Budget debate: Compromise loses out to complaints
Posted February 28, 2013 7:24 p.m. EST
Updated March 1, 2013 5:18 a.m. EST
Washington — Members of North Carolina's congressional delegation were bitter Thursday that $85 billion in federal spending cuts would take effect Friday, eventually hitting everything from the military to airports to public schools.
Rather than regret over their inability to reach a compromise to avoid the across-the-board cuts, however, Democrats and Republicans continued to squabble and blame each other.
"The sequestration meat ax is likely to fall indiscriminately, with great damage to the economy," Democratic 4th District Congressman David Price said. "I don't think there's much question that it's the Republicans who have failed to deal here."
Republican 2nd District Congresswoman Renee Ellmers said there's plenty of blame to pass around Washington, D.C., for the gridlock, especially since there doesn't seem to be a sense of urgency about the looming cuts.
"This whole deal was put together in the summer of 2011. This is something, as Republicans, that we have been talking for this entire time," Ellmers said.
The Senate knocked down two last-ditch efforts to block the spending cuts Thursday afternoon.
A Republican proposal requiring President Barack Obama to propose alternative cuts that would cause less disruption in essential government services fell to overwhelming Democratic opposition, 62-38.
Moments later, a Democratic alternative to spread the cuts over a decade and replace half with higher taxes on millionaires and corporations won a bare majority, 51-49, but that was well shy of the 60 votes needed to advance. Republicans opposed it without exception.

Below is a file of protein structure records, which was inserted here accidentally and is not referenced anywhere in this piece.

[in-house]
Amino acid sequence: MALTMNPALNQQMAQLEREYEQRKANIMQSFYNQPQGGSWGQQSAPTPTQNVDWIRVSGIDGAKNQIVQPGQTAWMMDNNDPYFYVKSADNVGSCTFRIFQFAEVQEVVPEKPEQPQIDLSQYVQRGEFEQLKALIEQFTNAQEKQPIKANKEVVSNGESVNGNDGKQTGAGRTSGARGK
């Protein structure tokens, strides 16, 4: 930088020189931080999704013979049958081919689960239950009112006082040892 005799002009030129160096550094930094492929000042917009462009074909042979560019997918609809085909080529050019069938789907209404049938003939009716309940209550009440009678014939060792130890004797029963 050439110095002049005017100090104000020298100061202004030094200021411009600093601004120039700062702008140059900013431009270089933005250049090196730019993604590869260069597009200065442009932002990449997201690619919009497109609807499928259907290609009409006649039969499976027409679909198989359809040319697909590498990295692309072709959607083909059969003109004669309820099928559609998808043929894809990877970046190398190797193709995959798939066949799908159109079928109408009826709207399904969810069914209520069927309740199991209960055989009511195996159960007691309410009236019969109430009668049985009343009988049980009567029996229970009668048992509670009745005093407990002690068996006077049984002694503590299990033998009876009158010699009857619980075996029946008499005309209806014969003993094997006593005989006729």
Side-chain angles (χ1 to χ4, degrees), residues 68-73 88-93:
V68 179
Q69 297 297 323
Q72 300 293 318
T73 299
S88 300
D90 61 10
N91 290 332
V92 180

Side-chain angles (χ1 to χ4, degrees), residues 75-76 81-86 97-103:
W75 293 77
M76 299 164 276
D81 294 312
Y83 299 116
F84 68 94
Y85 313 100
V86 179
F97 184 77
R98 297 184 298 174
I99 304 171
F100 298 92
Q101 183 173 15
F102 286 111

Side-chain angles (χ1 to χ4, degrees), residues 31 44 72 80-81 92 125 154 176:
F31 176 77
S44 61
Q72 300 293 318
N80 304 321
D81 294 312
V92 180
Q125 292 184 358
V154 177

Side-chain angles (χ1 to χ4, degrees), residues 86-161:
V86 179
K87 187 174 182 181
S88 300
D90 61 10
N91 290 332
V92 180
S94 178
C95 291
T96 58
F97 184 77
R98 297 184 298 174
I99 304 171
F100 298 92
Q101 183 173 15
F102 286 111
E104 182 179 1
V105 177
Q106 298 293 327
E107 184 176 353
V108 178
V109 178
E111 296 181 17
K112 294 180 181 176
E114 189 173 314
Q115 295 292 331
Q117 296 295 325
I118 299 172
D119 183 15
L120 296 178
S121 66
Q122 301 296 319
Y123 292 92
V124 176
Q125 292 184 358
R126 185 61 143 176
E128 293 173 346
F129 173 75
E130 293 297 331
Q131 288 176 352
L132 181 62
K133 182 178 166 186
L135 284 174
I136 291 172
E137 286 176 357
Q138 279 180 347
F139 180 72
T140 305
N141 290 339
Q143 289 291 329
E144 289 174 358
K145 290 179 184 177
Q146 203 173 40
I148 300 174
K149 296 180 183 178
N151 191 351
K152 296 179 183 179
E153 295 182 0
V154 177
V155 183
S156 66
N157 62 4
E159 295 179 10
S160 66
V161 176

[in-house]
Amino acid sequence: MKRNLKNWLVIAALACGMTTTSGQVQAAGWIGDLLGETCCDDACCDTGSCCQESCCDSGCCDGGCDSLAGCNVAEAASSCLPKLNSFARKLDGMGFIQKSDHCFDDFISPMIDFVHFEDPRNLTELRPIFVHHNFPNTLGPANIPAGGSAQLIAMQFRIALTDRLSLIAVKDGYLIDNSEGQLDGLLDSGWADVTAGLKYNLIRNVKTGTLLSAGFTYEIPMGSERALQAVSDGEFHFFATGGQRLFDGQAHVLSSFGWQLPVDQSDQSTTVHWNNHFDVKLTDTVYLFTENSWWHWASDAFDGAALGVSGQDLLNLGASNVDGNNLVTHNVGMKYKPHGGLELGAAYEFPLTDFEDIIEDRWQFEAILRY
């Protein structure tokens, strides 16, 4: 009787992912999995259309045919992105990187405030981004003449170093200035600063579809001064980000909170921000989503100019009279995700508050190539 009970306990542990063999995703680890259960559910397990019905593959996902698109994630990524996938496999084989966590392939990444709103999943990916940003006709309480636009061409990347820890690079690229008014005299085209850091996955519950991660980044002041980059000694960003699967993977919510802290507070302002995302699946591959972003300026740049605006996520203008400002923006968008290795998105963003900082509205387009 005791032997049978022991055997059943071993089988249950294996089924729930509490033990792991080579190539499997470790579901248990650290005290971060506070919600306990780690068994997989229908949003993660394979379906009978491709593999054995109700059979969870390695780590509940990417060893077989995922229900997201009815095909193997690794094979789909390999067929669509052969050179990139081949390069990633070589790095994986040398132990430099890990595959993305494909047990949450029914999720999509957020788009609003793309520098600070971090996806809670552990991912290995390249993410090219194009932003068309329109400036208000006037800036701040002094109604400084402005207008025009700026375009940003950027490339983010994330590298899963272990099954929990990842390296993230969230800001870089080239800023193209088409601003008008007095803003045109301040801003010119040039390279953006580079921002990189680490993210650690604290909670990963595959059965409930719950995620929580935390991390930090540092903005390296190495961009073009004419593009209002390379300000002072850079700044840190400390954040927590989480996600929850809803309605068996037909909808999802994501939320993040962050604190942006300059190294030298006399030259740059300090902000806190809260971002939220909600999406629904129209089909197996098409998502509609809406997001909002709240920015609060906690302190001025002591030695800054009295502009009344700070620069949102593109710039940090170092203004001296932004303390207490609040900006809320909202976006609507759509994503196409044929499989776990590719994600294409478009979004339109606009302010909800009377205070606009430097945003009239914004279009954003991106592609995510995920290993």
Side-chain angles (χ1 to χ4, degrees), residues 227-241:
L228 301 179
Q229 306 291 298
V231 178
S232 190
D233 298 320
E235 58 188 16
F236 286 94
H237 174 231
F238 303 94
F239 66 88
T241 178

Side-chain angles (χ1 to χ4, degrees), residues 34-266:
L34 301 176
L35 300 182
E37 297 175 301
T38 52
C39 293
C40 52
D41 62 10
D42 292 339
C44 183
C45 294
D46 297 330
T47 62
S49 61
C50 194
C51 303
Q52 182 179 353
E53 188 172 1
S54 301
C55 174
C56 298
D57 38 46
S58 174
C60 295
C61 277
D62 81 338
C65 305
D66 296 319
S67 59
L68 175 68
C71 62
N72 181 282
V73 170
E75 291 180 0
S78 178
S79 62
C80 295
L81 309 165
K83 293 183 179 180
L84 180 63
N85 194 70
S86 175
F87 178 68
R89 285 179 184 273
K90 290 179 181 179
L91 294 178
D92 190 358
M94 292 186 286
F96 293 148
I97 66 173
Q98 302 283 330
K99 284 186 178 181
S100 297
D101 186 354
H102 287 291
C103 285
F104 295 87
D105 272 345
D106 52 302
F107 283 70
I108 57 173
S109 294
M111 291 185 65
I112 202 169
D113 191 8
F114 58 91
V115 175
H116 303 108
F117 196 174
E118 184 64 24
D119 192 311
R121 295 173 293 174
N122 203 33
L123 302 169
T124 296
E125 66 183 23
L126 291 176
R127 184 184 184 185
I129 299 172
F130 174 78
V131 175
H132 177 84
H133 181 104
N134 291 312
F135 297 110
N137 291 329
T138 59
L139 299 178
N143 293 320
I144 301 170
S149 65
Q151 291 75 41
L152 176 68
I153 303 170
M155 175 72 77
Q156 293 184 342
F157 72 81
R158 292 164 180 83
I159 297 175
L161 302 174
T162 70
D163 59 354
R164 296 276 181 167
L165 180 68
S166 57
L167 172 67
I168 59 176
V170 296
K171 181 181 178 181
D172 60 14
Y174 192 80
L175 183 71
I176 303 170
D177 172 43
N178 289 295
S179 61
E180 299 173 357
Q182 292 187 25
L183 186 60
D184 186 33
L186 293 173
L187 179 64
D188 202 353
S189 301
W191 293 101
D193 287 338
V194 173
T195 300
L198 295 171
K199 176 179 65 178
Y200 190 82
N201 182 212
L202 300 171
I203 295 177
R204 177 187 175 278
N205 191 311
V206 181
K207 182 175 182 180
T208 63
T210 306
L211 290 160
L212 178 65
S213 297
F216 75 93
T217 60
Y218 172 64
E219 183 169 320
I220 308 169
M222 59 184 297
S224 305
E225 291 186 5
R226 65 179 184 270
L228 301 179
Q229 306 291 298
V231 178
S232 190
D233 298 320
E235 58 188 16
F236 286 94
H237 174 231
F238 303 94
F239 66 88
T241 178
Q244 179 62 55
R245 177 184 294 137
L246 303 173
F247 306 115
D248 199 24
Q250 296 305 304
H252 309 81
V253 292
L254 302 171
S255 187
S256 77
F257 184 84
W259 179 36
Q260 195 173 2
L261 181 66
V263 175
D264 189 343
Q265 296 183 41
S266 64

"We just cannot increase taxes on the American people any more. They have struggled enough," Ellmers said.
Democratic U.S. Sen. Kay Hagan said she voted against both proposals, saying neither addressed long-term debt problems.
"It is just kicking the can down the road for another extension. We know this deadline's here. We've known it for a long time," Hagan said.
Budget cuts to military spending could hurt North Carolina's economy, with thousands of civilian defense employees expected to be furloughed. With most cuts to education spending and extended delays at airports not expected to hit for weeks or months, however, elected leaders are digging in for a protracted battle.
"The sun is going to come out tomorrow, and life's going to go on," Ellmers said. "Even though there are going to be difficulties that we're going to see, that different agencies are going to have to deal with, they're going to have to make the sensible cuts that are important."
Price said he sees no good coming from the standoff.
"It's an embarrassment for the greatest country in the world to be in this kind of fix because our politics are so dysfunctional," he said. "Our country just can't collapse. We've got to get this together. I've never seen it this bad politically."